4.  Am I to understand that the CRC has a Director of Safe Church ministry that is ill-equipped to provide lists of what abusive (read: unloving) relationships looks like or what signs to look for?  Does scripture have nothing to say about these things?  Most of the information that is pointed on these sites is actually banal.  We need a secular website to tell our kids that someone stealing their money is wrong?  We need a secular website to tell our kids that hitting a date is wrong?  We need a secular website to tell our kids that forcing sexual activity is wrong?  And here’s the killer aspect: the whole sexual ethic of these sites is built around the ethics of autonomy and consent.  These are not the building blocks of a Christian understanding of sexual and relationship ethics.  The root of the tree is rotten and so will be the fruit.  Our kids are not to be taught that they own their bodies (contra H.C. Q&A 1).  Our kids are not to be taught that consent is the ruling factor guarding sexual contact and activity.  The reality is that these websites are drenched in that rotten ideology from top to bottom.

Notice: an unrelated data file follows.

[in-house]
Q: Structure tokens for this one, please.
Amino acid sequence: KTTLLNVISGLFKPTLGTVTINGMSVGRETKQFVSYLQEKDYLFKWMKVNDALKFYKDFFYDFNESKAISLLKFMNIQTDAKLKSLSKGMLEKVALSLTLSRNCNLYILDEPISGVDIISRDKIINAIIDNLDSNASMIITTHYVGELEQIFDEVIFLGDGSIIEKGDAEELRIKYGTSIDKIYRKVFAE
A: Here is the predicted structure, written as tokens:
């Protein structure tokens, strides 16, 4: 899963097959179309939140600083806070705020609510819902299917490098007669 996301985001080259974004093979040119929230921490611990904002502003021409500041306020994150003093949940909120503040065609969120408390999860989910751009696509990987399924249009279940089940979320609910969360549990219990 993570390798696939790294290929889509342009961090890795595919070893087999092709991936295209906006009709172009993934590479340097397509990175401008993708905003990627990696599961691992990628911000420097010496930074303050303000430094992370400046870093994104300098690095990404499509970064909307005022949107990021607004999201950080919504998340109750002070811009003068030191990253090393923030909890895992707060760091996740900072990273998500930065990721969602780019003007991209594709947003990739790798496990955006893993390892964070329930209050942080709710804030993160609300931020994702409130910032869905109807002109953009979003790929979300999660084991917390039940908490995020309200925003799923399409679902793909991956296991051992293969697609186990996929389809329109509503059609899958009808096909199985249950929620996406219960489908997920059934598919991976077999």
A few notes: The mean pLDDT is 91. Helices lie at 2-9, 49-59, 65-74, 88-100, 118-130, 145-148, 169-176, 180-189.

Well said, Doug.  One need look no further than the application of justice or mercy to oneself to understand that the two terms are not interchangeable.  Justice for me would be eternal damnation.  Mercy for me is being pardoned. 

In Psalm 51, David pleads for God's mercy, distinct from his justice, since God's justice has just been announced to him.  Likewise, the tax collector in Luke 18:13 says "God, be merciful to me, a sinner!"  The tax collector also rightly does not plead for God's justice for himself.

In II Samuel 12 David pleads for God not to carry out the justice that he had decreed.  God had said through the prophet that because of David's sin, "the child who is born to you shall die."  Yet David is said to have fasted and "sought God on behalf of the child."  God decreed justice.  David pleaded for mercy.  The two cannot be the same. 

Besides the dangers of liberation theology and the associated political ramifications, rolling mercy into justice runs the real risk of making mercy something that I am due or owed. Theologically speaking, this leads to a whole host of wrong understandings of our standing before and relationship with God.


"Why the classification of white people and people of color dehumanizes us all"

What happens when it is the institutional church that continues to classify people based on skin color?   The solution to malevolent classification based on skin color is not benevolent classification based on skin color.   The church must model a better way forward than the world, and that better way forward is not to proliferate the same unbiblical classifications/separations only with good intentions.  Physician, heal thyself.